PHILIPSBURG — If you are ever looking for Nick Coudriet, chances are he — and his family — can be found at the ballfield.
Coudriet, a sophomore pitcher for Philipsburg-Osceola, has had the chance to play with the Curve Juniors for the last three years.
The Curve Juniors organization is possible through a cooperative effort with the Altoona Curve, the AA affiliate of the Pittsburgh Pirates, and is a player development program for players age 13 to 18 with a travel ball team.
Coudriet found out about the team through former P-O teammates Isaiah Dixon and Quinton Moslak.
The P-O hurler attended the tryout and was picked by Coach Dave Brisbin, a Tyrone native.
“We hit and did fielding drills in the batting cages at the Altoona Curve field during the winter and spring,” Coudriet said.
“Coach Brisbin then evaluated the kids and determined whom he wanted to have on his team for the summer.”
Coudriet made the cut and played on both the summer and fall leagues until this past fall when it conflicted with high school football practices.
But those summers are something Coudriet and his family won’t forget.
“At one point Nick was on three different ball teams, but in the summer travel ball took precedence,” said Nick’s mom Karla.
“Between (my husband) Tim, me and my parents we shared duties taking him to practice in Bellwood.
“Some weekends were difficult and were divide and conquer, like Memorial Day weekend, Fourth of July weekend, etc. Most weekends in the summer were spent at the ball field.”
The Curve Juniors had two rosters, but if the team was short kids, then other kids were asked to fill in. Most of the team’s tournaments were in Lancaster, Palmyra and Bradford.
Coudriet got lots of experience playing for the team too. He played every position but catcher during his three years with the team. His main positions were second base, shortstop and, of course, pitcher.
The team is a lot of commitment and not for the faint of heart. Coudriet attended fielding workouts on Tuesday, then intersquad scrimmages and bullpen sessions on Thursdays. The team would leave Friday night for a tournament. Saturdays were two games for seeding and then the team would play their actual tournament games on Sunday.
“We made it work because we knew Nick loved playing for this team,” Karla said.
The extra work paid off as Coudriet was called up to varsity last season as a freshman. He finished the season 1-0 with a 2.17 ERA.
“It has helped me become a leader and do everything to the best of my ability,” Coudriet said. “One of the main things my coach always said was “slow the game down”. That’s helped me a lot. When I’m pitching and get into a jam, I step off the mound take a deep breath and ‘slow the game down.’
“It has also helped with me hitting because you don’t just go up there and swing a bat. He helped us create a mental approach to hitting that I use in every single at bat.
Coudriet said his favorite memory of playing for the team was when they traveled to Georgia to play in the Perfect Game Tournament. He has made a lot friends through the experience as well.
“I’ve met many amazing teammates that I will always talk to,” he said. “They are some of my best friends that I will talk to for many years. My mom and dad have also made a ton of friends outside our school district.”
Coudriet isn’t all about baseball either. The sophomore recently finished up with wrestling season. He also loves being outdoors.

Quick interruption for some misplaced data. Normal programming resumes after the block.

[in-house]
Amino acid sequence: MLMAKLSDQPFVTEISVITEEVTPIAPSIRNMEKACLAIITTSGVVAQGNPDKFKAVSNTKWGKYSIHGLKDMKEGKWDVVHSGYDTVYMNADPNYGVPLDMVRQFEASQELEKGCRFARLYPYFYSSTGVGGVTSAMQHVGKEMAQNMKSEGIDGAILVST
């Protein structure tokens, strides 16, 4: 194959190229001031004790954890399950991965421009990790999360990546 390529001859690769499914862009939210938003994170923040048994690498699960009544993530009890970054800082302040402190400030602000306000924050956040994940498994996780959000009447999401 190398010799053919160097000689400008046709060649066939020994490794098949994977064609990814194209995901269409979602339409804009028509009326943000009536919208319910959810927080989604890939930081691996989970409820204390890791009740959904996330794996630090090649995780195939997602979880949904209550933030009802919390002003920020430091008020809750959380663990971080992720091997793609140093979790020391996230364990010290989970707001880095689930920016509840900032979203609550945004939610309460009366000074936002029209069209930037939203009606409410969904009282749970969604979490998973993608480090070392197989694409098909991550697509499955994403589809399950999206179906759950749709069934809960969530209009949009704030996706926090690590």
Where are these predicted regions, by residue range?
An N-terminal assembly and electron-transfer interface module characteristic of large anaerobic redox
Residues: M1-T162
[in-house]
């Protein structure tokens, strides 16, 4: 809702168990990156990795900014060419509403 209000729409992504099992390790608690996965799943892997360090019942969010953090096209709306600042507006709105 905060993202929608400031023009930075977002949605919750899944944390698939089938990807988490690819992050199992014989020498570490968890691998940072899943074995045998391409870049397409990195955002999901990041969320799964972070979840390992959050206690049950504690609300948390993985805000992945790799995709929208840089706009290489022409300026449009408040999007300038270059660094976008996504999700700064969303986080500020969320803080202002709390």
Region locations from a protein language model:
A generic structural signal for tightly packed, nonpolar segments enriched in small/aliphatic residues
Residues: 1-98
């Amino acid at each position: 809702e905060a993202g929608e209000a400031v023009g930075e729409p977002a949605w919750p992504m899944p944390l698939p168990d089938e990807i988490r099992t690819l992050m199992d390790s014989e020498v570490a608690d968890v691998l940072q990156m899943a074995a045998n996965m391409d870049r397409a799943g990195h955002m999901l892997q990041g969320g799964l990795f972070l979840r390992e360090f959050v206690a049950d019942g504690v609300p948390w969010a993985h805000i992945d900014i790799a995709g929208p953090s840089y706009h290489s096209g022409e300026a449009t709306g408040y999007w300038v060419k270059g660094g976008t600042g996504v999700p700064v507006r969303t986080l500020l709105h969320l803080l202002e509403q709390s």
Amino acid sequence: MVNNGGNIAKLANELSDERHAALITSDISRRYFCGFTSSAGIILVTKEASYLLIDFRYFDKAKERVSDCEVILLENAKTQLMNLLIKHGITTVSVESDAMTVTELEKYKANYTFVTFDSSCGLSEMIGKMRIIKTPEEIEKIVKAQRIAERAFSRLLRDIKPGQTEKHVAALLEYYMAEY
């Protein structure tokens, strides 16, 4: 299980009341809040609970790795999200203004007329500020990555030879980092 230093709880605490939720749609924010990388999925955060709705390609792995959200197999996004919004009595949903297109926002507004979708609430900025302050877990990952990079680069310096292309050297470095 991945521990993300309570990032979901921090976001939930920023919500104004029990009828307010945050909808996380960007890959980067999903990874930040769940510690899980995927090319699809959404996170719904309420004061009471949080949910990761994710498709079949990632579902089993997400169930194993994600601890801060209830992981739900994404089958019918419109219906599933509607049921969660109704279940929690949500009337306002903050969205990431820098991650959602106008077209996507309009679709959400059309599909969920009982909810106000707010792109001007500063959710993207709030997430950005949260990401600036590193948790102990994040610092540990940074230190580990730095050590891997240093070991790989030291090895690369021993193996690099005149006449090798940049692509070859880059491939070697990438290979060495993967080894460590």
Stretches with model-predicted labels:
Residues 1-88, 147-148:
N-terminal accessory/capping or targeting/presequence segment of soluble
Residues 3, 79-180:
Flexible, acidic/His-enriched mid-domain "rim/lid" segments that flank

Still baseball is the one sport that’s in his heart.
He continues to try and get better at the sport, working with former Mountie baseball standout Luke Curtis, who played at Pitt.
“Luke Curtis has helped me in many amazing ways,” said Coudriet. “He not only helped me with my pitching, but he also taught me how to become a role model and a leader. He is one of my biggest role models and I look up to him in everything that he does.
“He showed me what it meant to give back to the community. He went through the Mountie program. And his way to give back, was by helping the youth get better so they could travel through the program.
“Coach Brisbin, with the Curve Jr. Program has also taught me many other things about baseball. He helped me with my fielding and hitting. He also helped me with the way baseball should be played.
“You should run on and off the field no matter what and never throw a fit if things don’t go your way. He taught us to not only be good ball players but also class acts. We shook the umpires hands after the game and we never ate food in a restaurant with our hats on. And I’ll always remember these “hidden rules” even when my baseball career is over.
“Coach (Doug) Sankey, Coach (Jimmy) Soltis, and Coach Brisbin taught me that small ball is a major part in baseball games. You don’t always have to hit a home run. Sometimes you have to lay down a bunt so you can squeeze the guy in from third to win the game.”
Coudriet said he would also encourage kids to get outside of their comfort zone and join a program like the Curve Juniors.
“It pushes you hard but you’ll see a major difference in your ability from your first year to your second,” he said. “And then you will keep on improving.
“The coaches are all great and they will teach you not only to be a great baseball player but also a role model, leader and a class act.”
Karla said the other players and their families became their family and that they still talk on a weekly basis.
“I would give parents the advice that if their kid loves baseball, then let them join a travel team,” she said. “It was a great experience and will never be forgotten.”
For more information on the Curve Juniors program, you can visit www.curvejuniors.com.